Background: At the forefront of the nuclear science, production of new neutron-rich isotopes is continuously pursued at accelerator laboratories all over the world. To explore the currently unknown territories in the nuclear chart far away from the stability, reliable theoretical predictions are inevitable. Purpose: To provide a reliable prediction of production cross sections taking into account secondary deexcitation processes, both particle evaporation and fission, a new method called TDHF+GEMINI is proposed, which combines the microscopic time-dependent Hartree-Fock (TDHF) theory with a sophisticated statistical compound-nucleus deexcitation model, GEMINI++. Methods: Low-energy heavy ion reactions are described based on three-dimensional Skyrme-TDHF calculations. Using the particle-number projection method, production probabilities, total angular momenta, and excitation energies of primary reaction products are extracted from the TDHF wave function after collision. Production cross sections for secondary reaction products are evaluated employing GEMINI++. Results are compared with available experimental data and widely used grazing calculations. Results: The method is applied to describe cross sections for multinucleon transfer processes in 40Ca+124Sn (Ec .m .≃128.54 MeV ), 48Ca+124Sn (Ec .m .≃125.44 MeV ), 40Ca+208Pb (Ec .m .≃208.84 MeV ), 58Ni+208Pb (Ec .m .≃256.79 MeV ), 64Ni+238U (Ec .m .≃307.35 MeV ), and 136Xe+198Pt (Ec .m .≃644.98 MeV ) reactions at energies close to the Coulomb barrier. It is shown that the inclusion of secondary deexcitation processes, which are dominated by neutron evaporation in the present systems, substantially improves agreement with the experimental data. The magnitude of the evaporation effects is very similar to the one observed in grazing calculations. TDHF+GEMINI provides better description of the absolute value of the cross sections for channels involving transfer of more than one proton, compared to the grazing

  10. Parental Effect of Long Acclimatization on Thermal Tolerance of Juvenile Sea Cucumber Apostichopus japonicus.

    Directory of Open Access Journals (Sweden)

    Qing-Lin Wang

    Full Text Available To evaluate the thermal resistance of marine invertebrates to elevated temperatures under scenarios of future climate change, it is crucial to understand parental effect of long acclimatization on thermal tolerance of offspring. To test whether there is parental effect of long acclimatization, adult sea cucumbers (Apostichopus japonicus from the same broodstock were transplanted southward and acclimatized at high temperature in field mesocosms. Four groups of juvenile sea cucumbers whose parents experienced different durations of high temperature acclimatization were established. Upper thermal limits, oxygen consumption and levels of heat shock protein mRNA of juveniles was determined to compare thermal tolerance of individuals from different groups. Juvenile sea cucumbers whose parents experienced high temperature could acquire high thermal resistance. With the increase of parental exposure duration to high temperature, offspring became less sensitive to high temperature, as indicated by higher upper thermal limits (LT50, less seasonal variations of oxygen consumption, and stable oxygen consumption rates between chronic and acute thermal stress. The relatively high levels of constitutive expression of heat-shock proteins should contribute to the high thermal tolerance. Together, these results indicated that the existence of a parental effect of long acclimatization would increase thermal tolerance of juveniles and change the thermal sensitivity of sea cucumber to future climate change.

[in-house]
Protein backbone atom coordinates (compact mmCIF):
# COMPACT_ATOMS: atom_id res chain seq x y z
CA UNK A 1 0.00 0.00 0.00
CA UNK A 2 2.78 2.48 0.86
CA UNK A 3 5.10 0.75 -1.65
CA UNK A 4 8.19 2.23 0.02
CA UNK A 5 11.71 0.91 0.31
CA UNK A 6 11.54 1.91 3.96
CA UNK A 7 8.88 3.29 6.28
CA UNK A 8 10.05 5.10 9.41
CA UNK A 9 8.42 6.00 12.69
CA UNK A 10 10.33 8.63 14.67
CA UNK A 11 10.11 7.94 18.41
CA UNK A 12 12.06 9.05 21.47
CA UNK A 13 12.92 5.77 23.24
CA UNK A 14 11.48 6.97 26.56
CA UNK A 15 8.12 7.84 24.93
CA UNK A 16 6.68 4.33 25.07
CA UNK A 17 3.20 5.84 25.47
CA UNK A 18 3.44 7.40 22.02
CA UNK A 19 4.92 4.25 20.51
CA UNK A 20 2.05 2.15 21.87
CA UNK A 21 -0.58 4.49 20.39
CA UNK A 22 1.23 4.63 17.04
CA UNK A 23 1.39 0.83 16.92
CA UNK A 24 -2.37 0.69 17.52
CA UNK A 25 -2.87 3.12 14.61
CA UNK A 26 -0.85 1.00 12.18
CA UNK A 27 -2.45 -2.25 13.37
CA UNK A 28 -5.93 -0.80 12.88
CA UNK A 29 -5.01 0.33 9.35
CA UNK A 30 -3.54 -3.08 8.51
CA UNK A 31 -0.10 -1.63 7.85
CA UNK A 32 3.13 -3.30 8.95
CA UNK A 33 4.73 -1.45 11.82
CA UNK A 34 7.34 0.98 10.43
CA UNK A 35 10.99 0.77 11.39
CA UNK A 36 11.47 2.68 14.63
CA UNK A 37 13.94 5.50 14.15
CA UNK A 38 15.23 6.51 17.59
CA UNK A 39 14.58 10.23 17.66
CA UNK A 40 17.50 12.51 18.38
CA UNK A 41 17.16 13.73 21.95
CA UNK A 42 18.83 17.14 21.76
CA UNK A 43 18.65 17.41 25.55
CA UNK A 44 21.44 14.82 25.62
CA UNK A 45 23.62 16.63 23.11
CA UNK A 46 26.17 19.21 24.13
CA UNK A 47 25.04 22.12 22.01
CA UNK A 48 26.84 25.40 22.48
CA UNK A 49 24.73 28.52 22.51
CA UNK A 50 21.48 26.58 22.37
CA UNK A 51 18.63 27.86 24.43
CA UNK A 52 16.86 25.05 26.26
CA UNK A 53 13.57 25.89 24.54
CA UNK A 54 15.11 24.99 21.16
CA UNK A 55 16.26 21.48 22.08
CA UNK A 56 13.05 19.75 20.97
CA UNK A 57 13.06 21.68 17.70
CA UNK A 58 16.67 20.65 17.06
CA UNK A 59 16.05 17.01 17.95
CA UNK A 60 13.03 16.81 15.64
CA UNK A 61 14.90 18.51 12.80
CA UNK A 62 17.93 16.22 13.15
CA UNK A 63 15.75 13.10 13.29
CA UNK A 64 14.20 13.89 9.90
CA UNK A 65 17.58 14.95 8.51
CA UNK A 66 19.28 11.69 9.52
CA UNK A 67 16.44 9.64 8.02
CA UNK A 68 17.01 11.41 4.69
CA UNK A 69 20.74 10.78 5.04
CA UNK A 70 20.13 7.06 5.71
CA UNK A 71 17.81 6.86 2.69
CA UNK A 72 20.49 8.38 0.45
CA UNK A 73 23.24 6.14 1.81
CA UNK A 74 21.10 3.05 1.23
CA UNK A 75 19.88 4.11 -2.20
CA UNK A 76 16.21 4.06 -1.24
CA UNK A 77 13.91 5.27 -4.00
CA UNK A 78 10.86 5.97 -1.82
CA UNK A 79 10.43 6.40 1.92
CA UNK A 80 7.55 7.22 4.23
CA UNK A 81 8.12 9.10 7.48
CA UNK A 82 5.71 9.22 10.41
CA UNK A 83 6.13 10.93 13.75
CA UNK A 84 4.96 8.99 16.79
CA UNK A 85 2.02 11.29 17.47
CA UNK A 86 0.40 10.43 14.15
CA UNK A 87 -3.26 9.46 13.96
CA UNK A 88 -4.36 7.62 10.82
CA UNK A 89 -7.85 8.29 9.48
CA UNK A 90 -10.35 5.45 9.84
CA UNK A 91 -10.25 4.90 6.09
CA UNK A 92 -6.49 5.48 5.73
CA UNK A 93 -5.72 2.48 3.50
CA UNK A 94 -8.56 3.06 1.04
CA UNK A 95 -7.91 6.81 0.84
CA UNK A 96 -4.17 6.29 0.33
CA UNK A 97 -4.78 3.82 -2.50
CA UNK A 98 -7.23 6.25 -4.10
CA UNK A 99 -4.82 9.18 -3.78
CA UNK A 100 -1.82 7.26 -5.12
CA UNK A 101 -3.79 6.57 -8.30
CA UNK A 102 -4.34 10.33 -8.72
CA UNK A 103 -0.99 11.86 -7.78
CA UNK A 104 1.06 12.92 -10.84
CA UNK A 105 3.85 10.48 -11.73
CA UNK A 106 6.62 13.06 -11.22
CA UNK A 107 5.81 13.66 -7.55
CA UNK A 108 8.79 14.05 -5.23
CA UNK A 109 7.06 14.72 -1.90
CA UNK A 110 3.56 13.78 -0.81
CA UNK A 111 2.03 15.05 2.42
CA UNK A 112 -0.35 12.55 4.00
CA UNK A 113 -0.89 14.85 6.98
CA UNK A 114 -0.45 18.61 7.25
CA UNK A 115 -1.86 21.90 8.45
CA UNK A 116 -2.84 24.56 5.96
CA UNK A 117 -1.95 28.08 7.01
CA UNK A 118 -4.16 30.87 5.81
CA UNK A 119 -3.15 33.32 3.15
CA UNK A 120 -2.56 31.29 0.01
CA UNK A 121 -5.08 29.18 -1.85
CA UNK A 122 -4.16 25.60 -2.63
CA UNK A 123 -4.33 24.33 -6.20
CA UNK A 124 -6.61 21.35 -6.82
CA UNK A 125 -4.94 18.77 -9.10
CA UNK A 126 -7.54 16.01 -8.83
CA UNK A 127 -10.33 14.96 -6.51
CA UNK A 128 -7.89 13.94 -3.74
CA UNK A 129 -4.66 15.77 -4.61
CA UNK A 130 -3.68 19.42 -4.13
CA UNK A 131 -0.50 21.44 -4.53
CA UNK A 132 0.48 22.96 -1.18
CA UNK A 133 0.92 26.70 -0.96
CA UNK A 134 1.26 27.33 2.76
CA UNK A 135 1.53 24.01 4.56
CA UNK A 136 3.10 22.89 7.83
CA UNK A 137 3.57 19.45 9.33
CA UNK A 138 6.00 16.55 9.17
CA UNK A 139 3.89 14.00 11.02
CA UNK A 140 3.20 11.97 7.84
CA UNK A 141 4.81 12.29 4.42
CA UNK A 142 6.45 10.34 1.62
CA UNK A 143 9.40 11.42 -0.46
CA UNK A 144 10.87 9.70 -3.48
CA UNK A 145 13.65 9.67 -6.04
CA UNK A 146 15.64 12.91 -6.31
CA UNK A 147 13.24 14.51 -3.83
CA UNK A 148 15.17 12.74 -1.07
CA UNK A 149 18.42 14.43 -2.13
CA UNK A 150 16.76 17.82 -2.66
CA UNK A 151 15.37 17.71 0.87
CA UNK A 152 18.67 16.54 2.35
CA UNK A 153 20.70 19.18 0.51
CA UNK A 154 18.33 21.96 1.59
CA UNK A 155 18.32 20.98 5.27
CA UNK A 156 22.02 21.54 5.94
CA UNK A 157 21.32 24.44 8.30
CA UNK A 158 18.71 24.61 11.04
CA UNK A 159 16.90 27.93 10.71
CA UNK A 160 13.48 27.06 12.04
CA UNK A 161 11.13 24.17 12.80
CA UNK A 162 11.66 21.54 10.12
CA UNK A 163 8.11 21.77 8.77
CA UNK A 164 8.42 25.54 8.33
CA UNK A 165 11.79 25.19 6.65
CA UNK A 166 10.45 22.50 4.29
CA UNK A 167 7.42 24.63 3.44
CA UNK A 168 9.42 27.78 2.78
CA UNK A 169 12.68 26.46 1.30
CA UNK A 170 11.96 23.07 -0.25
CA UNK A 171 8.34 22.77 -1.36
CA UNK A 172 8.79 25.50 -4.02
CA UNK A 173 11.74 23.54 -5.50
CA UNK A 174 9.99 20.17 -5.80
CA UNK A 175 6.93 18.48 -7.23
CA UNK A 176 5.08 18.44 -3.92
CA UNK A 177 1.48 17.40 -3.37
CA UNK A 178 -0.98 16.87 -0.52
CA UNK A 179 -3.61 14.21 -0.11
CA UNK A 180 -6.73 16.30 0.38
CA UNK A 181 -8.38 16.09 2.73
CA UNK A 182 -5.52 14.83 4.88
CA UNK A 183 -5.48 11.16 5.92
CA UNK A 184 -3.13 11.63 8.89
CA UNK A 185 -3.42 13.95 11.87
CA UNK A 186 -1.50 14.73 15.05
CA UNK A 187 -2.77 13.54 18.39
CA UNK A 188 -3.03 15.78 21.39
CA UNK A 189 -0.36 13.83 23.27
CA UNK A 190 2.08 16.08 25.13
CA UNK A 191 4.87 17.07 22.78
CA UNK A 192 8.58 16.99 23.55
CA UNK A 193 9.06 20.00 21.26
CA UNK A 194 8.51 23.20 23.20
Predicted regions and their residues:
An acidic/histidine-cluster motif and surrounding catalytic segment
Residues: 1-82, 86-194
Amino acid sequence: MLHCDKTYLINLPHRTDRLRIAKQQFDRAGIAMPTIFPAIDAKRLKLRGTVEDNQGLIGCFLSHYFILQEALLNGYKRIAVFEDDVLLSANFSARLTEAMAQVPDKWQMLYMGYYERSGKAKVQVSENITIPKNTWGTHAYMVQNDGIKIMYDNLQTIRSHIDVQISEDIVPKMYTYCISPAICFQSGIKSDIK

11. A Study of the Effects of Altitude on Thermal Ice Protection System Performance

    Science.gov (United States)

    Addy, Gene; Oleskiw, Myron; Broeren, Andy P.; Orchard, David

    2013-01-01

    Thermal ice protection systems use heat energy to prevent a dangerous buildup of ice on an aircraft. As aircraft become more efficient, less heat energy is available to operate a thermal ice protections system. This requires that thermal ice protection systems be designed to more exacting standards so as to more efficiently prevent a dangerous ice buildup without adversely affecting aircraft safety. While the effects of altitude have always beeing taked into account in the design of thermal ice protection systems, a better understanding of these effects is needed so as to enable more exact design, testing, and evaluation of these systems.

  12. Thermal evaluation of different DC multi-conductor cable cross-sections and installation patterns for the CLIC drive-beam quadrupoles

    CERN Document Server

    Maglio, D

    2007-01-01

    The main goal of this study is to determine the thermal behaviour of different dc multi-conductor cable cross-sections and installations patterns for the CLIC drive beam quadrupoles loaded with increasing values of current intensity. A simplified two dimensional model of the heat transfer problem was prepared with a commercial CFD software, STAR-CD 4.2. The heat flux generated by Joule effect in conductors was estimated taking into account the current value per conductor and the temperature dependence of the copper electrical resistance. In parallel, a geometrical simplification of the problem has been done in order to be able to apply theoretical formulas which have been implemented by Microsoft Excel. Obtained results have been compared with those got by the dedicated software, showing between them a good correspondence for two-conductor cables and confirming, for this case, the rules given in the in the French norm NF C15-100. In case of multiconductor cables, attention is to be paid to the temperature lev...

  13. Investigation of the Effective Thermal Conductivity in Containment Wall of OPR1000